Breastfeeding linked to reduced risk of heart disease

12 January 2022
What was claimed

Breastfeeding reduces the mother’s risk of dying from heart disease.

Our verdict

The study in question found a link between the two, but not that one necessarily caused the other.

“Breastfeeding is good for mothers as well as babies and slashes their risk of dying from heart disease, a study has found”

Daily Mail [print edition], 12 January 2022.

The print edition of the Daily Mail has reported on new research, claiming it shows that breastfeeding cuts the risk of mothers dying from heart disease and developing various cardiovascular diseases.

This isn’t what the research found. The research found a link between breastfeeding and a reduced risk of these conditions, but not that breastfeeding caused the reductions in risk.

The study authors combined the results of eight papers on the topic in what’s called a meta-analysis, finding that women who breastfed were 11 to 14% less likely to develop a range of cardiovascular diseases, and 17% less likely to die of cardiovascular disease, than mothers who did not breastfeed.  

Breastfeeding itself may explain some of that reduced risk, but the relationship could also be explained by other, unrelated factors.

Professor of Metabolic Medicine at the University of Glasgow Naveed Sattar responded to the research through the Science Media Centre, saying: “The top line results are not surprising given i) women who chose to breast feed will have several other lifestyle habits that reduce heart disease risks compared to women who chose not to, and many of these factors are not easily accounted for in the research methods; and ii) breast feeding can help women lose weight and long term weight trajectories are highly relevant to heart disease, cancers and type 2 diabetes, all of which occur less in women who chose to breast feed.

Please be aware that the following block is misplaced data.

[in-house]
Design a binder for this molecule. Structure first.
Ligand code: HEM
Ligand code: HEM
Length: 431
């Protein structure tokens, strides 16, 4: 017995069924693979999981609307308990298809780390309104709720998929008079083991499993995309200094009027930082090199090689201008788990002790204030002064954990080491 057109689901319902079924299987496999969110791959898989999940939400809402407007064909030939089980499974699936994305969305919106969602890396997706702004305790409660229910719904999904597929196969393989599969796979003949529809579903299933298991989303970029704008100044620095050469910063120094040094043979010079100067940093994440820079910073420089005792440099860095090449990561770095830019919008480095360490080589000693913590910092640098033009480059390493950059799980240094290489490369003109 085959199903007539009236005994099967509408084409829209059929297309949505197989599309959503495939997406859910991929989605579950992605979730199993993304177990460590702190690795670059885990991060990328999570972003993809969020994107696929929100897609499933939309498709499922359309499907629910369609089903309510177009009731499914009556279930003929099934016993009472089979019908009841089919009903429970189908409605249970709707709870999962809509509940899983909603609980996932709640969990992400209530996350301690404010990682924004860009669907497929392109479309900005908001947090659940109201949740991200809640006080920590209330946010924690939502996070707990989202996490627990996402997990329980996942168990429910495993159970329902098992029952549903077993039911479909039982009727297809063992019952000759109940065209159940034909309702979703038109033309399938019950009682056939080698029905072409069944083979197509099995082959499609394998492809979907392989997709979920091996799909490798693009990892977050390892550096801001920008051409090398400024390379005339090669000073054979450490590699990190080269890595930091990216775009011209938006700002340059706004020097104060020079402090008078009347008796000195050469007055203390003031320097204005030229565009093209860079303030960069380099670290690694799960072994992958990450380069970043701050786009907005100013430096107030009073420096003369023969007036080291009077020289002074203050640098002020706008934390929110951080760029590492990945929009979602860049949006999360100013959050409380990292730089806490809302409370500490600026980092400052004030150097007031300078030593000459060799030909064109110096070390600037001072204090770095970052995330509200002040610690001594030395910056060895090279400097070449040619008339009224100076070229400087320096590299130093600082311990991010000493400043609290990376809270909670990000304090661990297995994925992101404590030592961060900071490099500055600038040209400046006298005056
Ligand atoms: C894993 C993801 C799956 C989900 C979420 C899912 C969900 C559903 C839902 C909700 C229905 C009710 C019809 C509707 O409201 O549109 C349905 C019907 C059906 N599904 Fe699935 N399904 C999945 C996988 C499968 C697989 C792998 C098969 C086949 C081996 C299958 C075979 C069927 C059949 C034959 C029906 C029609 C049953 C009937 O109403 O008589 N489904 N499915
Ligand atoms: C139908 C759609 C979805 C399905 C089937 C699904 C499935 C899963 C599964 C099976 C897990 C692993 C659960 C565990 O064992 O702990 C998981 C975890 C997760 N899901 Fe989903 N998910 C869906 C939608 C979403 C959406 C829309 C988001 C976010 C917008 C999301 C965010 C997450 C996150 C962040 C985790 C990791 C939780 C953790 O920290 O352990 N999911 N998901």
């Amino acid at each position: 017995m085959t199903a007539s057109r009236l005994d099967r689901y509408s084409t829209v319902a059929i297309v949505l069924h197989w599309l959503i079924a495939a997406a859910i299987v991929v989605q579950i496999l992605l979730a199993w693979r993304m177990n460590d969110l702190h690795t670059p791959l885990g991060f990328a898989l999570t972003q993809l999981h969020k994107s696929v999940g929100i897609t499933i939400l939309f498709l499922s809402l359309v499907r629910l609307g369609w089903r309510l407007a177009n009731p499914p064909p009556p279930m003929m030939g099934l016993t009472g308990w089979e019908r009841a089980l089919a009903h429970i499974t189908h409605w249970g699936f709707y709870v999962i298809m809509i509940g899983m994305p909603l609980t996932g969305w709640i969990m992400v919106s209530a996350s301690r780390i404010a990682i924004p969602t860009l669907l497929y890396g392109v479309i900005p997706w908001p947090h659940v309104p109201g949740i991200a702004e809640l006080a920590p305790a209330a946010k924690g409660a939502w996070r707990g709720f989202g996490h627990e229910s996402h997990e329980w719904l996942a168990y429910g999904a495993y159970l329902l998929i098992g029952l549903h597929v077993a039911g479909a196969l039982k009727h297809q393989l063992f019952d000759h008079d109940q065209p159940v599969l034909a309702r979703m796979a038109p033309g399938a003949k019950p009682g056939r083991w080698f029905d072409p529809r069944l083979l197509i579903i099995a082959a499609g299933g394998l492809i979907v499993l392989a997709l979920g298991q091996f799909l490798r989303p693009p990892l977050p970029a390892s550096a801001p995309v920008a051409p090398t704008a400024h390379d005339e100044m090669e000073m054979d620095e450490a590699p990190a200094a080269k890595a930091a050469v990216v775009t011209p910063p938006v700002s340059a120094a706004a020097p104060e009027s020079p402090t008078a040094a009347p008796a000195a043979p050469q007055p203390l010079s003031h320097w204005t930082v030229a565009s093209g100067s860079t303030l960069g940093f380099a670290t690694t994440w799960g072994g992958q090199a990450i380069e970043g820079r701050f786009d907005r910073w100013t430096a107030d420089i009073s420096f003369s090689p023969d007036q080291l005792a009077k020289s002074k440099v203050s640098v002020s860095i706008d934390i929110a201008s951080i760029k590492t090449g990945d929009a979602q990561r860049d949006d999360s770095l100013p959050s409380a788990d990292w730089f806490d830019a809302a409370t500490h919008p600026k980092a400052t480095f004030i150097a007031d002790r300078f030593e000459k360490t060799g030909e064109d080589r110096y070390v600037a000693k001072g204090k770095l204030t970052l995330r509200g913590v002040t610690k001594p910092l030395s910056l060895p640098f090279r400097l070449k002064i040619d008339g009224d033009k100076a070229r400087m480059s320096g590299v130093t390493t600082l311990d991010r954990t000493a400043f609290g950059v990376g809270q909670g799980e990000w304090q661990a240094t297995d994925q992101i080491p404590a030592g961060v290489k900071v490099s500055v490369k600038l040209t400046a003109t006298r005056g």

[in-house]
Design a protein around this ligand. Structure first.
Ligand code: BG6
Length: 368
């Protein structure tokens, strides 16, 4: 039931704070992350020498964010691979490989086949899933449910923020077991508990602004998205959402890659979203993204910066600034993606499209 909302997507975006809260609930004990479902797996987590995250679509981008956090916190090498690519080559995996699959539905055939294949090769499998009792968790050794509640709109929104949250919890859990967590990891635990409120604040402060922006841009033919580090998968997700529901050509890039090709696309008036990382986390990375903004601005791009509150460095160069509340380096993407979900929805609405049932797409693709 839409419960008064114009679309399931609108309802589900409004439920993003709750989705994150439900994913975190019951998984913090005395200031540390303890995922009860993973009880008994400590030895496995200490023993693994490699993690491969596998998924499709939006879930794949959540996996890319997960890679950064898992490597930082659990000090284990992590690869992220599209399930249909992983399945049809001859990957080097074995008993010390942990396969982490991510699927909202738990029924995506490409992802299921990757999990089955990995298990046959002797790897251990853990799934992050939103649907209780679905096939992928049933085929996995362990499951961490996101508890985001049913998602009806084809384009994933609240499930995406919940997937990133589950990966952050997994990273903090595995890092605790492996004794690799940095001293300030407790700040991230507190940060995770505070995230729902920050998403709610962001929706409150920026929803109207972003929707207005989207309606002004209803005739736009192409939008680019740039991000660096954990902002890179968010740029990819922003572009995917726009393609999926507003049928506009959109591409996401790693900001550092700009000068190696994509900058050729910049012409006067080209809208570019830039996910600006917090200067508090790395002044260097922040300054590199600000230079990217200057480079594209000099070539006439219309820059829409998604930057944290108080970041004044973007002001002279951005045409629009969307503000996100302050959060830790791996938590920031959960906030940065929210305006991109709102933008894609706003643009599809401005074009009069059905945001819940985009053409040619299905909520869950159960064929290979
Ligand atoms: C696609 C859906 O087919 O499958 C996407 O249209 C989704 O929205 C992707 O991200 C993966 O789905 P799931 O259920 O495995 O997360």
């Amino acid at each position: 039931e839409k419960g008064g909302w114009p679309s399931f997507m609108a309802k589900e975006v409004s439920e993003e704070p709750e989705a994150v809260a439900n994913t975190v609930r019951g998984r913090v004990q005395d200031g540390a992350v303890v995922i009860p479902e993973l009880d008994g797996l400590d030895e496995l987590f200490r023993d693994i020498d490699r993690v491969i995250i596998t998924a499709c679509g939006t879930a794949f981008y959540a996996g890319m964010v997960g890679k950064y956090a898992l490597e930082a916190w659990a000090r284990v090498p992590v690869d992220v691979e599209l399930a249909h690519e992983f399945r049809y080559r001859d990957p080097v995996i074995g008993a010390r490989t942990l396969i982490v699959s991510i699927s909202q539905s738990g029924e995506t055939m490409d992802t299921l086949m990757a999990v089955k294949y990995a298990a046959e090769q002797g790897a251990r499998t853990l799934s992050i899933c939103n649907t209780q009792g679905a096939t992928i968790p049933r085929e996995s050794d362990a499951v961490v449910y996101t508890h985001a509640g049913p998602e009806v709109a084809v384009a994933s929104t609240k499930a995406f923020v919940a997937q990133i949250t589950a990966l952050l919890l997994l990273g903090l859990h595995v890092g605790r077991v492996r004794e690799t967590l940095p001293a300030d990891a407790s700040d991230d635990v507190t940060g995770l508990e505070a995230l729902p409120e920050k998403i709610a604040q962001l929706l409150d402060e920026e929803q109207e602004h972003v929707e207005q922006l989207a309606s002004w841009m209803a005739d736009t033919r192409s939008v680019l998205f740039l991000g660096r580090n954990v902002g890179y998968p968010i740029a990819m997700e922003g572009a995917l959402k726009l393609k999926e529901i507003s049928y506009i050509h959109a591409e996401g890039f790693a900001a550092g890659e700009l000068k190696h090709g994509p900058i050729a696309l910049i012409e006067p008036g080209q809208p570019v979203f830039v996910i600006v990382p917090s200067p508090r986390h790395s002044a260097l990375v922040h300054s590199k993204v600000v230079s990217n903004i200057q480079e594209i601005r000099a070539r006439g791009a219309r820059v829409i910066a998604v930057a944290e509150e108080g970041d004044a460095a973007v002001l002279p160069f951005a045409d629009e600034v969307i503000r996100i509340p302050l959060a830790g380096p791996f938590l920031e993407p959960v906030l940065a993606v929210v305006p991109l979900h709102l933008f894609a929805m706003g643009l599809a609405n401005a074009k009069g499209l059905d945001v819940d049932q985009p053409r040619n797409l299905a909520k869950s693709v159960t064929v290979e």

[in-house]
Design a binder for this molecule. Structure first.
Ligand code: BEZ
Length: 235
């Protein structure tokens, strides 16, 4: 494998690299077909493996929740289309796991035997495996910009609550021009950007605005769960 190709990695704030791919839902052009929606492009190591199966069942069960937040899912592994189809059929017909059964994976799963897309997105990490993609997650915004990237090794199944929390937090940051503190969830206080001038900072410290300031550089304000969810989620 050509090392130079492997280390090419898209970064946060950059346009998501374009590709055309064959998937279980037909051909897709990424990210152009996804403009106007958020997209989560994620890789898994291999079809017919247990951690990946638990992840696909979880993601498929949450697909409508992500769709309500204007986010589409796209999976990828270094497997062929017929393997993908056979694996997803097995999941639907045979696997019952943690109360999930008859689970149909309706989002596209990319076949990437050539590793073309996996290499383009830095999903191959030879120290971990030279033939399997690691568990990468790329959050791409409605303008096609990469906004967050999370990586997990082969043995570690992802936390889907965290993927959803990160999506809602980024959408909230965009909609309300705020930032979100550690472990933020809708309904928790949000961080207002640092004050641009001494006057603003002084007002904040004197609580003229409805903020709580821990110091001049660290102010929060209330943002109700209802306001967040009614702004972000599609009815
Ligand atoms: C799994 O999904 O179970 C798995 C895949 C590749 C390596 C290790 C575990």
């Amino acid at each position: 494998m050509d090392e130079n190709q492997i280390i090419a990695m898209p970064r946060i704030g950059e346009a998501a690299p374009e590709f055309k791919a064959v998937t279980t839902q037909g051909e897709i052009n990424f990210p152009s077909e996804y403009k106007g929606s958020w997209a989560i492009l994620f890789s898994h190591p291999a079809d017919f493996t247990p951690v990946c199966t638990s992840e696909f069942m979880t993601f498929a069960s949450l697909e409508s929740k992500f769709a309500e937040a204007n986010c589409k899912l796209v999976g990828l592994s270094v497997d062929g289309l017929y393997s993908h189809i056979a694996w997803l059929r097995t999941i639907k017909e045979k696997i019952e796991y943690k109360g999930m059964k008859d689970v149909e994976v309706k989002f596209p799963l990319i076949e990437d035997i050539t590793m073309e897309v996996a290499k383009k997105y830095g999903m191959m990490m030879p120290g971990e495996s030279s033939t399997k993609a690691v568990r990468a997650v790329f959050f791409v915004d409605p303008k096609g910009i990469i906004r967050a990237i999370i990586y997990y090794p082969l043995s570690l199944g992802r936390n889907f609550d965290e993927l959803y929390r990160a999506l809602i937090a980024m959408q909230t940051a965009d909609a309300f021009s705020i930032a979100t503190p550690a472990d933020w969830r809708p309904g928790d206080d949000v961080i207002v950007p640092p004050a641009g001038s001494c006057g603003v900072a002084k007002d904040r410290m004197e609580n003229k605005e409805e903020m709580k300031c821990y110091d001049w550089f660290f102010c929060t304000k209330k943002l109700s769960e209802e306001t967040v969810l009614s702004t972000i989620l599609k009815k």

“So there may be both direct and indirect reasons for why women who chose to breast feed are at lower risk of heart disease or stroke.”

The research was also reported by The Times, which at one point also suggested a causal relationship, saying that “breastfeeding appears to cut the risk of developing cardiovascular disease by 11 per cent”. However, its headline accurately reflected the research, reading: “Breastfeeding linked to lower heart disease risk for mothers”.

MailOnline also suggested a causal relationship in its reporting of the study, headlining its article: “Breast is best... for mum too! Breastfeeding cuts heart disease AND stroke risk by up to 15% later in life, study of 1.2m mothers finds.” 

Newspapers inappropriately reporting causal links from studies which actually found a correlation are a frequent source of health misinformation. 

For example, in November, Full Fact wrote about another story from the Daily Mail claiming going to bed at a certain time cuts your risk of heart disease by 25%. The Mail subsequently corrected its article. The same month we wrote about incorrect reporting that tea and coffee lower the risk of dementia and stroke, when the authors of the research said they could not establish a causal relationship.

In December, the Telegraph claimed a study showed gum disease increases the risk of mental health, though the authors acknowledged their research could not confirm causality or the direction of causality. 

They acknowledged the potential for a causal relationship in the other direction, saying: “Individuals under increased stress may reduce health promoting behaviours (eg, optimal oral hygiene practices).”

We deserve better than bad information.

After we published this fact check, we contacted the Daily Mail to request a correction regarding this claim.

The Daily Mail disputed our fact check and did not issue a correction.

It’s not good enough.

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